Perhaps inevitably, considering its origin as a system for college students, Facebook has frequently drawn the charge from its critics that it is essentially a trendy toy for western teenagers with little intrinsic value, but an examination of the demographics of its user base shows this to be manifestly untrue on both counts. Whilst the biggest age band is 18 to 25 (30%), there are twice as many users who are over 25 (60%) and 20% of all Facebook users are over 45. We can therefore say that most Facebook users are adults aged between 18 and 45; and most of the rest are adults over 50, with a small proportion (less than 10%) who are under 18. There are more women than men, 54% to 43%, with 3% declining to answer.

By continent, Europe has the most users (source internetworldstats.com)





North America


South America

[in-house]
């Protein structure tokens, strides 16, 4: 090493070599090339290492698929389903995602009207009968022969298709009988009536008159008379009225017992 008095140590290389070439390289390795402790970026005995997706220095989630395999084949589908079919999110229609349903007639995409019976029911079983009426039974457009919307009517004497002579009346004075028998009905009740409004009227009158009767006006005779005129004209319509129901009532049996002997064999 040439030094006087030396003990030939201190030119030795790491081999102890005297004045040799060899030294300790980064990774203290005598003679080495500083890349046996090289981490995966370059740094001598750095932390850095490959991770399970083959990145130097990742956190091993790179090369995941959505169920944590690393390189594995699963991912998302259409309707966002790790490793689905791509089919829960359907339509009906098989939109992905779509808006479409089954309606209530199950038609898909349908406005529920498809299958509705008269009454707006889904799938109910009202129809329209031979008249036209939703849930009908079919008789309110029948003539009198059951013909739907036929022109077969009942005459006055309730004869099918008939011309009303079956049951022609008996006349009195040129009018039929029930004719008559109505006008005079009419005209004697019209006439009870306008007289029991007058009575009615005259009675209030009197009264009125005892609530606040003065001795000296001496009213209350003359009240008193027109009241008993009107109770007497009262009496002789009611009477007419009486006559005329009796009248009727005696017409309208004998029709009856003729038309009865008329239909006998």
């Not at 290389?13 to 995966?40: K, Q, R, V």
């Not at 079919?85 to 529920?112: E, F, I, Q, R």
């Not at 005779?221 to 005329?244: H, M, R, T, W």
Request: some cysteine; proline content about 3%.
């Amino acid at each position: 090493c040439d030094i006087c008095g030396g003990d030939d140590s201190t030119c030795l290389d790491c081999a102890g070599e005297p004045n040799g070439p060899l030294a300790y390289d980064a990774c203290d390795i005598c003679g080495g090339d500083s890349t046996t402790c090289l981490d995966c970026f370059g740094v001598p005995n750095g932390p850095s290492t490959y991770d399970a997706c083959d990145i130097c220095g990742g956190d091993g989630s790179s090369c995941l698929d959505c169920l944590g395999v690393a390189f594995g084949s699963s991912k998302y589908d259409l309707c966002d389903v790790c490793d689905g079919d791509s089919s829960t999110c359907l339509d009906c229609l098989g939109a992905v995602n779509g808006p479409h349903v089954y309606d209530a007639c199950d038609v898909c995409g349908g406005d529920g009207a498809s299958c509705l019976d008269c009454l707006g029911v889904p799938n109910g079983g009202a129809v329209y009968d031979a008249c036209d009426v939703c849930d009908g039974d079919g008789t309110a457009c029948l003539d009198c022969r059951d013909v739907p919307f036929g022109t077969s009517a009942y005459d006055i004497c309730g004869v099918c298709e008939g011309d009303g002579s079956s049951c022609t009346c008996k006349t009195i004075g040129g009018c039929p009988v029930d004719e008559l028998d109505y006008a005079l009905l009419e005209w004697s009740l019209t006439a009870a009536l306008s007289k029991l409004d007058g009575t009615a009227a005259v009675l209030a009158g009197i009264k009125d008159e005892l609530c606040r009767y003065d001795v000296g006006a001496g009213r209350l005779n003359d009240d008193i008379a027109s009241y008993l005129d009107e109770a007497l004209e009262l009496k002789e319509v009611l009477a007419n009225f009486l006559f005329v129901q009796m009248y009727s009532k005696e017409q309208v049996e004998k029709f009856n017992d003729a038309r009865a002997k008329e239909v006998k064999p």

Middle East




The ten biggest countries by user base in millions with the penetration rate (population / Facebook users)



















United Kingdom












Note that US and UK have penetration rates of 50% – half the population are on Facebook; both demographically and commercially, that is the Facebook heartland. The lowest (of the 213 countries on Facebook) is the Vatican City which has only 20 registered users. China, containing 25% of the world’s population has just 485,000 registered users, 0.04%, making it 94th on the list – below Ethiopia and above Cambodia.

As for its spread, something with that phenomenal growth rate across so many age groups, geographies and cultural areas has to have at least something going for it beyond its undoubted “trendiness”. Facebook spreads because it gives people something that they want in way that makes them keeping coming back and telling their friends to do the same.

“We’re so happy we can hardly count”

“Facebook was not originally created to be a company. It was built to accomplish a social mission — to make the world more open and connected,” said Zuckerberg, in the CEO’s letter appended to the IPO filing. This being Silicon Valley, the “we’re different and out to save the world” line is an essential part of the process – there was a similar load of tosh from Google when they floated; goes with the territory, I’m afraid.